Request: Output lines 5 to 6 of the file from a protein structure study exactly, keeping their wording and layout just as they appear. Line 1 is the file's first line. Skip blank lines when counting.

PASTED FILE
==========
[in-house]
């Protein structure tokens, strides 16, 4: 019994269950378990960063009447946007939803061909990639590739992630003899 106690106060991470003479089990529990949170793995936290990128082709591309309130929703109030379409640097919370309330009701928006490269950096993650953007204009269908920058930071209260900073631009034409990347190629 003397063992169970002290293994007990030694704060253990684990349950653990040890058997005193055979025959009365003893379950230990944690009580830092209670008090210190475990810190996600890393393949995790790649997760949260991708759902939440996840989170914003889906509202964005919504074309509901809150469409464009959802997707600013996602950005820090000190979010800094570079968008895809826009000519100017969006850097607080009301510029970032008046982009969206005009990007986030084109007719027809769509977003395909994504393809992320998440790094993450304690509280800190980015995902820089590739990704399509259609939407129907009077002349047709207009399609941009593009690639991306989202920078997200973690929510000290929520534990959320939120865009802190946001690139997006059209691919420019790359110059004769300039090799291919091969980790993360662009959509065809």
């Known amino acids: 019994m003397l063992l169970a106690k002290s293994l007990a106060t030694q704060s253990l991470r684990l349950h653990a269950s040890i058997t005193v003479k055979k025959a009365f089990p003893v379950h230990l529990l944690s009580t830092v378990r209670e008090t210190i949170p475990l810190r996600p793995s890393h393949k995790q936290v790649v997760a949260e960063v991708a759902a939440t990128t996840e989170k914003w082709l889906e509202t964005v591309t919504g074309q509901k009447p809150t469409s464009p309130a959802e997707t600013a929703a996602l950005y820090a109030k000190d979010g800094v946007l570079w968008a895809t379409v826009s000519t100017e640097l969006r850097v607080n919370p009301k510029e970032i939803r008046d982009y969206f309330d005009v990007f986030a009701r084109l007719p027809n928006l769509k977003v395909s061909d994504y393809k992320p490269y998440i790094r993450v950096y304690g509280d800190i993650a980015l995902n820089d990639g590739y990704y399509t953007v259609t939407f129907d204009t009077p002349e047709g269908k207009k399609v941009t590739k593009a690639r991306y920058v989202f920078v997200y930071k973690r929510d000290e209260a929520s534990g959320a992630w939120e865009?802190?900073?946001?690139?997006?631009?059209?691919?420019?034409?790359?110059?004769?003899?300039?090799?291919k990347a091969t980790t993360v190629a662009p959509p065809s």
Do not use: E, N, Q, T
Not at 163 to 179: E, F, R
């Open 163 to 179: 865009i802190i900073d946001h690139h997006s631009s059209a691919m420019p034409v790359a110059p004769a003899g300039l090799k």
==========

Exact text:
Not at 163 to 179: E, F, R
């Open 163 to 179: 865009i802190i900073d946001h690139h997006s631009s059209a691919m420019p034409v790359a110059p004769a003899g300039l090799k």